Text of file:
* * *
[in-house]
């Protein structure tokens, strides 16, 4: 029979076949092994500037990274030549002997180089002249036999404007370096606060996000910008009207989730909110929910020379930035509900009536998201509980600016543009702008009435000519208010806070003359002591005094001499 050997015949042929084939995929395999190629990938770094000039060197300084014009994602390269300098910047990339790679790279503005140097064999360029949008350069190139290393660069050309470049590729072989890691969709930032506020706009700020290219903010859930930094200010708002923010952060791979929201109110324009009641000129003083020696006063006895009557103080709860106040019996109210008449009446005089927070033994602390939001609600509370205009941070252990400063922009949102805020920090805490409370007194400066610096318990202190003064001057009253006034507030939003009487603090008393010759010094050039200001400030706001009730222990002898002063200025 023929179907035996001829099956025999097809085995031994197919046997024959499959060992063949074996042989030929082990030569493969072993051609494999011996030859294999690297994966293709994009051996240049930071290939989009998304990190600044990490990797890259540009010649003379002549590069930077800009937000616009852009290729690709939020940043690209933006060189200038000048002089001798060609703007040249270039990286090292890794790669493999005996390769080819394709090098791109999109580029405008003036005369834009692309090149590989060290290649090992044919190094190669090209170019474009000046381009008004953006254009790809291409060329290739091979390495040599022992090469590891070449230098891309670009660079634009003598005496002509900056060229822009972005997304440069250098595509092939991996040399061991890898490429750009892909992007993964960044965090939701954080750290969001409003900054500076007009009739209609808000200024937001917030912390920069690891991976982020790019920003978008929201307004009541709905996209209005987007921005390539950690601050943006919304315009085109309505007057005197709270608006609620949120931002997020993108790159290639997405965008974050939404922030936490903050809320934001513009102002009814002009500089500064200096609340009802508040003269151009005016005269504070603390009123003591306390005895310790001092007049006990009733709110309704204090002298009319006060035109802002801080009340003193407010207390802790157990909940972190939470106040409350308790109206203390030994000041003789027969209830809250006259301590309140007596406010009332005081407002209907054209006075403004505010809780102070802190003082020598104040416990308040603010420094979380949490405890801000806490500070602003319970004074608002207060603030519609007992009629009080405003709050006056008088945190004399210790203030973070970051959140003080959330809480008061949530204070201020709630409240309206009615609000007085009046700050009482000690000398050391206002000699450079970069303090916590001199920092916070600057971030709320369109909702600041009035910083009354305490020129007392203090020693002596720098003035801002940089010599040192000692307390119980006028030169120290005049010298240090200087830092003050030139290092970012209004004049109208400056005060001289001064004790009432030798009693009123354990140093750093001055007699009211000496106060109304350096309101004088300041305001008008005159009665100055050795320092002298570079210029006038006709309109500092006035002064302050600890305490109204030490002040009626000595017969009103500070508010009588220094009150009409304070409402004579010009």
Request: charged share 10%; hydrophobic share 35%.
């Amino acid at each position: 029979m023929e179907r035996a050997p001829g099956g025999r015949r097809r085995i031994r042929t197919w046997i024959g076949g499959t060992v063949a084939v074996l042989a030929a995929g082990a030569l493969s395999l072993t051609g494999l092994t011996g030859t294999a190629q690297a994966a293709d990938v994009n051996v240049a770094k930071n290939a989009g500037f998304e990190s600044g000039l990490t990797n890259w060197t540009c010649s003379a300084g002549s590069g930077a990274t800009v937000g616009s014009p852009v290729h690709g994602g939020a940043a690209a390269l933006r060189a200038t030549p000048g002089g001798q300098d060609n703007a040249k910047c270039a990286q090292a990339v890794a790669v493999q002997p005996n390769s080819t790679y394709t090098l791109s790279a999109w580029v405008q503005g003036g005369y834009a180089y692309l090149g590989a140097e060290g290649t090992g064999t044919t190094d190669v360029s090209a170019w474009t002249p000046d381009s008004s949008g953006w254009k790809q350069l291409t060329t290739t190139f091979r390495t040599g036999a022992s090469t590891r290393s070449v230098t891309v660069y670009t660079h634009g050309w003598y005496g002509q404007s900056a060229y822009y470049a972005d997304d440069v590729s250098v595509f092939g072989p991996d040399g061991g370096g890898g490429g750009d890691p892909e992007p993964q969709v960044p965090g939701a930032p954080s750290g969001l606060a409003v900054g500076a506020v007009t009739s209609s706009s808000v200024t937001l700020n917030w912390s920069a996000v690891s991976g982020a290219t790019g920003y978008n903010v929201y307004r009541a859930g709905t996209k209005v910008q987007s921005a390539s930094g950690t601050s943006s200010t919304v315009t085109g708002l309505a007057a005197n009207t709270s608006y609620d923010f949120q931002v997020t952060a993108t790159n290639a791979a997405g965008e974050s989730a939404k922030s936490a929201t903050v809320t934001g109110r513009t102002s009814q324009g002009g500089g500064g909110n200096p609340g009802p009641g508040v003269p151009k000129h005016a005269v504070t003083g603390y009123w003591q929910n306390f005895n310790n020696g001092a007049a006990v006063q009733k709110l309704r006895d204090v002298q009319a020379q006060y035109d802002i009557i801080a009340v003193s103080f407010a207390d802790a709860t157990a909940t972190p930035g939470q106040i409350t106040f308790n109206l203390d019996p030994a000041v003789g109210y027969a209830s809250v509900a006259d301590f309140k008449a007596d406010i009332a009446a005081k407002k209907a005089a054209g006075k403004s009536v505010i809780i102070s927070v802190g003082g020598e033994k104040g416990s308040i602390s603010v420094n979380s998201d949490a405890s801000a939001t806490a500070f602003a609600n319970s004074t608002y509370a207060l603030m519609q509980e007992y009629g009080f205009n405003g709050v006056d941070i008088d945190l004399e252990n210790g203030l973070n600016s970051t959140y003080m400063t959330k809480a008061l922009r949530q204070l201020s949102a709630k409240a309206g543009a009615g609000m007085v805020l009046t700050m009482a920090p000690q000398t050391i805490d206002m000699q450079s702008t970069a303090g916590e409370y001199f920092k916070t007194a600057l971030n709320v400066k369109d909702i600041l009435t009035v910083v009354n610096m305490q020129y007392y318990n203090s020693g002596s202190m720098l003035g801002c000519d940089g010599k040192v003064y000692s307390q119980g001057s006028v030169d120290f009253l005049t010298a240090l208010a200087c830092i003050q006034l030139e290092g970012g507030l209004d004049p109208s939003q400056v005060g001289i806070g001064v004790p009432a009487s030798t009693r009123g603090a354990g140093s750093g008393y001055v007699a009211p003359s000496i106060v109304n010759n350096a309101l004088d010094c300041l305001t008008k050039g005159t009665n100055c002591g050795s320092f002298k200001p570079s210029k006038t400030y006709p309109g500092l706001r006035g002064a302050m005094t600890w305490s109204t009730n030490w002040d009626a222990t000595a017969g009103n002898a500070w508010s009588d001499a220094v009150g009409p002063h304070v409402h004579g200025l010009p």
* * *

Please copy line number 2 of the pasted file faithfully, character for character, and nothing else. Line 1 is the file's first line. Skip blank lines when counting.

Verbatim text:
């Protein structure tokens, strides 16, 4: 029979076949092994500037990274030549002997180089002249036999404007370096606060996000910008009207989730909110929910020379930035509900009536998201509980600016543009702008009435000519208010806070003359002591005094001499 050997015949042929084939995929395999190629990938770094000039060197300084014009994602390269300098910047990339790679790279503005140097064999360029949008350069190139290393660069050309470049590729072989890691969709930032506020706009700020290219903010859930930094200010708002923010952060791979929201109110324009009641000129003083020696006063006895009557103080709860106040019996109210008449009446005089927070033994602390939001609600509370205009941070252990400063922009949102805020920090805490409370007194400066610096318990202190003064001057009253006034507030939003009487603090008393010759010094050039200001400030706001009730222990002898002063200025 023929179907035996001829099956025999097809085995031994197919046997024959499959060992063949074996042989030929082990030569493969072993051609494999011996030859294999690297994966293709994009051996240049930071290939989009998304990190600044990490990797890259540009010649003379002549590069930077800009937000616009852009290729690709939020940043690209933006060189200038000048002089001798060609703007040249270039990286090292890794790669493999005996390769080819394709090098791109999109580029405008003036005369834009692309090149590989060290290649090992044919190094190669090209170019474009000046381009008004953006254009790809291409060329290739091979390495040599022992090469590891070449230098891309670009660079634009003598005496002509900056060229822009972005997304440069250098595509092939991996040399061991890898490429750009892909992007993964960044965090939701954080750290969001409003900054500076007009009739209609808000200024937001917030912390920069690891991976982020790019920003978008929201307004009541709905996209209005987007921005390539950690601050943006919304315009085109309505007057005197709270608006609620949120931002997020993108790159290639997405965008974050939404922030936490903050809320934001513009102002009814002009500089500064200096609340009802508040003269151009005016005269504070603390009123003591306390005895310790001092007049006990009733709110309704204090002298009319006060035109802002801080009340003193407010207390802790157990909940972190939470106040409350308790109206203390030994000041003789027969209830809250006259301590309140007596406010009332005081407002209907054209006075403004505010809780102070802190003082020598104040416990308040603010420094979380949490405890801000806490500070602003319970004074608002207060603030519609007992009629009080405003709050006056008088945190004399210790203030973070970051959140003080959330809480008061949530204070201020709630409240309206009615609000007085009046700050009482000690000398050391206002000699450079970069303090916590001199920092916070600057971030709320369109909702600041009035910083009354305490020129007392203090020693002596720098003035801002940089010599040192000692307390119980006028030169120290005049010298240090200087830092003050030139290092970012209004004049109208400056005060001289001064004790009432030798009693009123354990140093750093001055007699009211000496106060109304350096309101004088300041305001008008005159009665100055050795320092002298570079210029006038006709309109500092006035002064302050600890305490109204030490002040009626000595017969009103500070508010009588220094009150009409304070409402004579010009």